Optical Networks - _12_1 Optical Time Division Multiplexing_133

Optical Networks - _12_1 Optical Time Division Multiplexing_133

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658 Photonic Packet Switching We start this chapter by describing techniques for multiplexing and demultiplex- ing optical signals in the time domain, followed by methods of doing synchronization in the optical domain. Synchronization requires delaying one stream with respect to the other if they are misaligned in time. In this context, we will also study how tunable optical delays can be realized. We then discuss various solutions for dealing with the buffering problem. We conclude the chapter by discussing burst switching, a variant of PPS, and some of the experimental work that has been carried out to demonstrate the various aspects of PPS. 12.1 Optical Time Division Multiplexing At the inputs to the network, lower-speed data streams are multiplexed optically into a higher-speed stream, and at the outputs of the network, the lower-speed streams must be extracted from the higher-speed stream optically by means of a demultiplex- ing function. Functionally, optical TDM (OTDM) is identical to electronic TDM. The only difference is that the multiplexing and demultiplexing operations are per- formed entirely optically at high speeds. The typical aggregate rate in OTDM systems is on the order of 100 Gb/s, as we will see in Section 12.6. OTDM is illustrated in Figure 12.4. Optical signals representing data streams from multiple sources are interleaved in time to produce a single data stream. The interleaving can be done on a bit-by-bit basis as shown in Figure 12.4(a). Assuming the data is sent in the form of packets, it can also be done on a packet-by-packet basis, as shown in Figure 12.4(b). If the packets are of fixed length, the recognition of packet boundaries is much simpler. In what follows, we will assume that fixed-length packets are used. In both the bit-interleaved and the packet-interleaved case, framing pulses can be used. In the packet-interleaved case, framing pulses mark the boundary between packets. In the bit-interleaved case, if n input data streams are to be multiplexed, a framing pulse is used every n bits. As we will see later, these framing pulses will turn out to be very useful for demultiplexing individual packets from a multiplexed stream of packets. Note from Figure 12.4 that very short pulses—much shorter than the bit interval of each multiplexed stream—must be used in OTDM systems. Given that we are interested in achieving overall bit rates of several tens to hundreds of gigabits per second, the desired pulse widths are on the order of a few picoseconds. A periodic train of such short pulses can be generated using a mode-locked laser, as described in Section 3.5.1, or by using a continuous-wave laser along with an external modu- lator, as described in Section 3.5.4. Since the pulses are very short, their frequency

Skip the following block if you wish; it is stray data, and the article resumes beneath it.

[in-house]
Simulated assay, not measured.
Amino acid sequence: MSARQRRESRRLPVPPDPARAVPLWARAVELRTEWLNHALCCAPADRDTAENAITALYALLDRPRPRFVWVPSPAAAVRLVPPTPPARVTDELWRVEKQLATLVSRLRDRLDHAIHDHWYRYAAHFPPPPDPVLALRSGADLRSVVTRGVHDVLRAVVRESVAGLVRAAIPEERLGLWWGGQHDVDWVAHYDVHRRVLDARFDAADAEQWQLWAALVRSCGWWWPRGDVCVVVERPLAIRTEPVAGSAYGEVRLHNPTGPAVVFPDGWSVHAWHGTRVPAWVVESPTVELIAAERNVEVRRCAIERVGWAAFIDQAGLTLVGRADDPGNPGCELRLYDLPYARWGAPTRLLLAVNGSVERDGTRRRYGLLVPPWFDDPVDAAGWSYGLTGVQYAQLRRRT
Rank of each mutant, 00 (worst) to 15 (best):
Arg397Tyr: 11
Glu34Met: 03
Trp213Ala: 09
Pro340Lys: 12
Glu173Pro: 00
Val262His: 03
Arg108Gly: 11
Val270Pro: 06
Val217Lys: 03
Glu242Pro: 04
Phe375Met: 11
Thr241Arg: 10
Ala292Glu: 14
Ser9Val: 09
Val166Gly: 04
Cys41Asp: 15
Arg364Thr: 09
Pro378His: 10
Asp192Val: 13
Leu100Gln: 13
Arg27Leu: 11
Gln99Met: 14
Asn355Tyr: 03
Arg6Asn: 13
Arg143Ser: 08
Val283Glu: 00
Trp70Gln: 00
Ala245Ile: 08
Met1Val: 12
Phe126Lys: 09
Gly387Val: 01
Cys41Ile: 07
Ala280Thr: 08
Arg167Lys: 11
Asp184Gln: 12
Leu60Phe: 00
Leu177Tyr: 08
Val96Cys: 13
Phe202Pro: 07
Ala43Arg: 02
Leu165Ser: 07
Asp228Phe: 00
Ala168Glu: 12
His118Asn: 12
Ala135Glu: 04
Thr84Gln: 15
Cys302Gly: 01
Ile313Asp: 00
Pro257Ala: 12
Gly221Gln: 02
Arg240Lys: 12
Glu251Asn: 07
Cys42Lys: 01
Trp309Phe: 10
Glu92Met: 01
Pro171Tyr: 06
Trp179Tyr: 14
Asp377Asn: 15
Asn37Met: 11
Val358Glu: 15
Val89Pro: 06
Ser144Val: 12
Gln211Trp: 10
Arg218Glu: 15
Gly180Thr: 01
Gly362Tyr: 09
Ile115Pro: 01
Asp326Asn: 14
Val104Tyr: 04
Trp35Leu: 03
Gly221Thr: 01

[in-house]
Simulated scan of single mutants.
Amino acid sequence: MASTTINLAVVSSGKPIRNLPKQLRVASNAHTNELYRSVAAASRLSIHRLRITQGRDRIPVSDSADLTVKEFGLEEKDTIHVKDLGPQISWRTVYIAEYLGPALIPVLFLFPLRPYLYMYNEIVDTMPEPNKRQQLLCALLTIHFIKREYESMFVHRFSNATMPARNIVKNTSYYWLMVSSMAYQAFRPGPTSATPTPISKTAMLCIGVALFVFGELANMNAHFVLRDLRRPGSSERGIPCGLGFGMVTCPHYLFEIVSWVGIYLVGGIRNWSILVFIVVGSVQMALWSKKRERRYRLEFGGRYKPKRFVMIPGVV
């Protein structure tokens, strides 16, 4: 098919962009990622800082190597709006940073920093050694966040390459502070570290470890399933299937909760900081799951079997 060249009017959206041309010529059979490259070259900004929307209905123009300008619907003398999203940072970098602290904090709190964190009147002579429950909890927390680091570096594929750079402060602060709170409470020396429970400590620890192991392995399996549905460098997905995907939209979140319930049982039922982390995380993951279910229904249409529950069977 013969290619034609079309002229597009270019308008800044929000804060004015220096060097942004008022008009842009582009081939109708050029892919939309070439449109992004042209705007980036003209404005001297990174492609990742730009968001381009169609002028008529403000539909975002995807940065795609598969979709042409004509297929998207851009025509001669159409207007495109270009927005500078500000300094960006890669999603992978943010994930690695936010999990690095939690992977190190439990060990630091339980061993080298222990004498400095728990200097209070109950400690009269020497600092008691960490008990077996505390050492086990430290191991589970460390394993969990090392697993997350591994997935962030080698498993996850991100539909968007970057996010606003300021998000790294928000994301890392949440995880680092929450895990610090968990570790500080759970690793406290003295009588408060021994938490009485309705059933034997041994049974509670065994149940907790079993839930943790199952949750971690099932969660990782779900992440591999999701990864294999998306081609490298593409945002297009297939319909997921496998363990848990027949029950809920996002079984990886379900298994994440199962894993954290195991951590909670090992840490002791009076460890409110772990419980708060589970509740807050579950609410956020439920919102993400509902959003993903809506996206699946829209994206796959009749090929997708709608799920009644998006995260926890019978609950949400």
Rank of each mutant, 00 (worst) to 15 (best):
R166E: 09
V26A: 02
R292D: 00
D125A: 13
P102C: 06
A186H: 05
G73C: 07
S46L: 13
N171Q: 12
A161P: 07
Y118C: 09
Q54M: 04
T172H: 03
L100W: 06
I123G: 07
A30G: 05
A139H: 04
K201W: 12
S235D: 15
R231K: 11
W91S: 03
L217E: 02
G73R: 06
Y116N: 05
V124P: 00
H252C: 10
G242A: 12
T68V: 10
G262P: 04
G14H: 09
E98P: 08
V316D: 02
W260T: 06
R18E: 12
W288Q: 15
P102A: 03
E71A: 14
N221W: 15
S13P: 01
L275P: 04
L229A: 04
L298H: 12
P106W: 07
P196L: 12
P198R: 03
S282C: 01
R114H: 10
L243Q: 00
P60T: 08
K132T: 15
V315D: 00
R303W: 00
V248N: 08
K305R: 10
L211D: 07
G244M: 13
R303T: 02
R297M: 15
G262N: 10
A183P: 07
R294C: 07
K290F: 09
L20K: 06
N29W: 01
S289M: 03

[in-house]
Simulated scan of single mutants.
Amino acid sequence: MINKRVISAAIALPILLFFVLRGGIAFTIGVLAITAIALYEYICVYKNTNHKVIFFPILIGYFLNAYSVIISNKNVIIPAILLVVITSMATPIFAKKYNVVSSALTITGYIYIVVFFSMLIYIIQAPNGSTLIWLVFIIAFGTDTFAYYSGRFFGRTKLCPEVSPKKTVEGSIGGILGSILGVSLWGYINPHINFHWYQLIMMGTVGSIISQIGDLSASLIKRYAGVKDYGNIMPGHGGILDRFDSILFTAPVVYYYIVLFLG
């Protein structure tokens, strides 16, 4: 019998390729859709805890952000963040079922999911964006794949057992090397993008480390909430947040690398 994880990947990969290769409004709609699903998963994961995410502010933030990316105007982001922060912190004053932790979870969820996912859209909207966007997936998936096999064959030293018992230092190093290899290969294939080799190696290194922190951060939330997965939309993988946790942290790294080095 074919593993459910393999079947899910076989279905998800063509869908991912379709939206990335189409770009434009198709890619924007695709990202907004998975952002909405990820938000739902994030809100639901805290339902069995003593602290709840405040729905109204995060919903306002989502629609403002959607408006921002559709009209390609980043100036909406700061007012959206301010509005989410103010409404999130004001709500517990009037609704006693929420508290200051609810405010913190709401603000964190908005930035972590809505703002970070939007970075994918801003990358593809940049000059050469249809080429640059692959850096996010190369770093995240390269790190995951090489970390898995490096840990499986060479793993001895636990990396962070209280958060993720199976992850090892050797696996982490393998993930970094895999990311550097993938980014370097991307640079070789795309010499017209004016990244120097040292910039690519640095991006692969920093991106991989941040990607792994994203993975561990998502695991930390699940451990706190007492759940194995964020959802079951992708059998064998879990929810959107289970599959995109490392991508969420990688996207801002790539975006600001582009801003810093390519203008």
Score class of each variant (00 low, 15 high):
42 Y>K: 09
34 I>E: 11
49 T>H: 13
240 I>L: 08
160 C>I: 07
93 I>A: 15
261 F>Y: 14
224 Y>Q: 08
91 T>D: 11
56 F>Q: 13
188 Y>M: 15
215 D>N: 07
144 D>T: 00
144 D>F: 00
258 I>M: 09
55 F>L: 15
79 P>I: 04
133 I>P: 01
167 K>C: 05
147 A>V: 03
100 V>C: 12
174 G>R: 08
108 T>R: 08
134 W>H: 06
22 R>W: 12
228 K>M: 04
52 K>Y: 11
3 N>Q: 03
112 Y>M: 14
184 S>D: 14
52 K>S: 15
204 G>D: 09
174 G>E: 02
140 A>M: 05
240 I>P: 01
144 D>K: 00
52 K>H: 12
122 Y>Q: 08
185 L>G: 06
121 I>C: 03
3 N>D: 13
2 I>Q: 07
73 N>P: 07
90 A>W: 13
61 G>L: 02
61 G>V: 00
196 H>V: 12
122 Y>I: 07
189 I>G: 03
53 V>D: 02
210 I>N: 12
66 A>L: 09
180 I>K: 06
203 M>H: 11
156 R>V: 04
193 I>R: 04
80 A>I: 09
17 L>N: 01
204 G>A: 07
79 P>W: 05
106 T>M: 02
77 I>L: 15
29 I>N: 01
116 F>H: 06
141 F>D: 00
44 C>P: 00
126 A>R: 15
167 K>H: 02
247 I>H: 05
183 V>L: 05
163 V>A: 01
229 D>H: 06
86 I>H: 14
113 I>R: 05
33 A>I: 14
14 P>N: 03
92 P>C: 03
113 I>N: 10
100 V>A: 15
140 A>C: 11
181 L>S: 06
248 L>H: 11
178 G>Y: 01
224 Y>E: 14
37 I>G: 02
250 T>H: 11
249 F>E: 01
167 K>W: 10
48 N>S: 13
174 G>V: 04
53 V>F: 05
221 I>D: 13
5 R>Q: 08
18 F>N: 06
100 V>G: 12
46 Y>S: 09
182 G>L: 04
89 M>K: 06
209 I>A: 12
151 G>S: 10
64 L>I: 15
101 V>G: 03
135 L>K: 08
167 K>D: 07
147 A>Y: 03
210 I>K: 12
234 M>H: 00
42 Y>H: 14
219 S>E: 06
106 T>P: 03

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12.1 Optical Time Division Multiplexing 659 Packet-multiplexed stream Bit-multiplexed stream 0 11 1 01 1 1 00 Bit- interleaved time division multiplexer (a) 0 1 1 1 Packet- interleaved time division multiplexer (b) Framing pulses Framing pulses t Figure 12.4 (a) Function of a bit-interleaved optical multiplexer. (b) Function of a
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This note was uploaded on 01/15/2011 for the course ECE 6543 taught by Professor Boussert during the Spring '09 term at Georgia Tech.

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Optical Networks - _12_1 Optical Time Division Multiplexing_133

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